March 20, 2003
The staff of the Committee on Open Government is authorized to issue
advisory opinions. The
ensuing staff advisory opinion is based solely upon the information presented in your
I have received the correspondence that we discussed. As I understand the situation, the Town of Stony Point was served with a subpoena by the United States Attorney for the Southern District of New York, and a law firm representing a named Town official requested the records made available by the Town pursuant to the subpoena under the Freedom of Information Law. You indicated that the following records were made available in response to the subpoena:
" Supervisor's financial disclosure statements Three vouchers.... Receipt Journals - computer generated from 1998-2003 for General Fund Disbursement Journals - computer generated from 1998- 2003 for General Fund Receipt & Disbursement Journals - computer generated for 2001, 2002 & 2003 for capital projects W-2's for S. Hurley from 1992 - 2002 Personnel file for Steven Hurley 2003 Bank Depositories and Account #'s".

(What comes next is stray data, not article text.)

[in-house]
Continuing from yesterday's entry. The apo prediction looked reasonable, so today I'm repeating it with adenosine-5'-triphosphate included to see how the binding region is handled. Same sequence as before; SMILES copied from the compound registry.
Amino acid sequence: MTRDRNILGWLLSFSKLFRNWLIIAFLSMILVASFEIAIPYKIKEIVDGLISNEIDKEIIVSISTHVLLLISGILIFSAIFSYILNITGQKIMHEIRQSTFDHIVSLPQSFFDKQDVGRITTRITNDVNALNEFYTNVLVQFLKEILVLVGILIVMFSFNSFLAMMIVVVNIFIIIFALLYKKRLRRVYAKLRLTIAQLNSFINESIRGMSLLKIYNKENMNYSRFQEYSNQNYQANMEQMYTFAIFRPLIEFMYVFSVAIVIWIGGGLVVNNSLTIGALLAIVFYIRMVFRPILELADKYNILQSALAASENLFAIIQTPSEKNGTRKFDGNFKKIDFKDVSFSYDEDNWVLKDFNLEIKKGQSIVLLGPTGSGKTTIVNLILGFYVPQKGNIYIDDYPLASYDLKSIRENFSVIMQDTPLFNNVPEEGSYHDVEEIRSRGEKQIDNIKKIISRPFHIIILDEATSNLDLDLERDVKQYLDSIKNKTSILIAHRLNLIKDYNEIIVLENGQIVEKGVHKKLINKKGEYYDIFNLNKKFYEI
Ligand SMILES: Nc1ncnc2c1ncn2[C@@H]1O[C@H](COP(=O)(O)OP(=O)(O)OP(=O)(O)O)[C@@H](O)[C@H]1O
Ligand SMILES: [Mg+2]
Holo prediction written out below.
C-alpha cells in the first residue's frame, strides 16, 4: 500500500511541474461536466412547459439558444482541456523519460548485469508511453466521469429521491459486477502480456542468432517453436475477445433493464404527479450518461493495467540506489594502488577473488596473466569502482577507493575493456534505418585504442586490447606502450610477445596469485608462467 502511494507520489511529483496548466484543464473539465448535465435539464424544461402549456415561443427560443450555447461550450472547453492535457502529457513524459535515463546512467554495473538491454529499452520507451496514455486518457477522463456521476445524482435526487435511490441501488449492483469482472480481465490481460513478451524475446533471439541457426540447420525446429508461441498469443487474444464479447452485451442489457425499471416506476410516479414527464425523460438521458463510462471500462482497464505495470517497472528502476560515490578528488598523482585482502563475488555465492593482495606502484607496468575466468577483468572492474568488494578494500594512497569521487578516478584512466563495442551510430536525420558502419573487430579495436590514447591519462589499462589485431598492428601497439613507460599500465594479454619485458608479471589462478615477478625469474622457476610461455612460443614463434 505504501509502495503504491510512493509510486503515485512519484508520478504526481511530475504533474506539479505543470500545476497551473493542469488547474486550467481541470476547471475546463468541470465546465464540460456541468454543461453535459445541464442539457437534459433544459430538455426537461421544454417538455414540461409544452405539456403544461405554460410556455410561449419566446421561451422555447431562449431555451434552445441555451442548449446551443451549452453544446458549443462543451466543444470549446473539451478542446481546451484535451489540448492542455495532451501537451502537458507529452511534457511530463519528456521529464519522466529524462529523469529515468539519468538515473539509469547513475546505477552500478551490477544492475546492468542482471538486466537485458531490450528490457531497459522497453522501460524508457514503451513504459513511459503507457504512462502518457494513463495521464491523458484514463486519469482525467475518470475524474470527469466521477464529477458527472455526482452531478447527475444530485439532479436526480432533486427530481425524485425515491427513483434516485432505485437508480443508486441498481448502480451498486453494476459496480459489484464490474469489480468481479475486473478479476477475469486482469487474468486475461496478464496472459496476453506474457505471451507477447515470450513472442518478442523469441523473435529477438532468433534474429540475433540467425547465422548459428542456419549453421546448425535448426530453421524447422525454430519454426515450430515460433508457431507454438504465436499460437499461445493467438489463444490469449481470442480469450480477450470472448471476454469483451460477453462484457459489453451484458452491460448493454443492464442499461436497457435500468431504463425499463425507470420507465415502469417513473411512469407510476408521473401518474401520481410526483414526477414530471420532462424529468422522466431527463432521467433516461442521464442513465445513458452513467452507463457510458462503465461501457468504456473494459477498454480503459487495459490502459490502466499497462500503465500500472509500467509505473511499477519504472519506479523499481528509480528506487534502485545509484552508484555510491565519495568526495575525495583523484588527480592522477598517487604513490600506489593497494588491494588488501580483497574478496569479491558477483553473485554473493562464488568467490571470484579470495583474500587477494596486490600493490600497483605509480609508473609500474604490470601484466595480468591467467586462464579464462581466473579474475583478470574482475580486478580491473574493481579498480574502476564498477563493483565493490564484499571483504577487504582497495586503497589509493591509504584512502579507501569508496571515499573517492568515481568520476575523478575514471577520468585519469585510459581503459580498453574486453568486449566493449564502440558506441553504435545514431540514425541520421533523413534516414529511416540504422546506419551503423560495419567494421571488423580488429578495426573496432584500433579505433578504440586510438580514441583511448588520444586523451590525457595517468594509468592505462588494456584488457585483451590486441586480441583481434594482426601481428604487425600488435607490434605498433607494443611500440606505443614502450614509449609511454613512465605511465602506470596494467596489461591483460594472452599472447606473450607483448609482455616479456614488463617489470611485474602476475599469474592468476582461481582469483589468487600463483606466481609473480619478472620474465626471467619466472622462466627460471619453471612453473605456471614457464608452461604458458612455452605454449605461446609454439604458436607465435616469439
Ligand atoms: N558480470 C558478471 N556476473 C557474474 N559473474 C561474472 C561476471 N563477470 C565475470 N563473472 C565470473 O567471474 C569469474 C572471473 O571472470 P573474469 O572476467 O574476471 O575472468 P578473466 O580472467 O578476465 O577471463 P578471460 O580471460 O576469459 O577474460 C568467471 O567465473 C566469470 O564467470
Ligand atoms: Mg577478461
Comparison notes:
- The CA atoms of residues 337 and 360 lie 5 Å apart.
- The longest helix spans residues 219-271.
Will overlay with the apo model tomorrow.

In this regard, I offer the following comments.
First, as a general matter, the Freedom of Information Law is based upon a presumption of access. Stated differently, all records of an agency are available, except to the extent that records or portions thereof fall within one or more grounds for denial appearing in §87(2)(a) through (i) of the Law.
Although §87(2)(e) authorizes an agency to withhold records "compiled for law enforcement purposes" in certain circumstances, the records at issue would have been prepared in the ordinary course of business, and not for any law enforcement function. Consequently, I do not believe that that exception would be pertinent or applicable.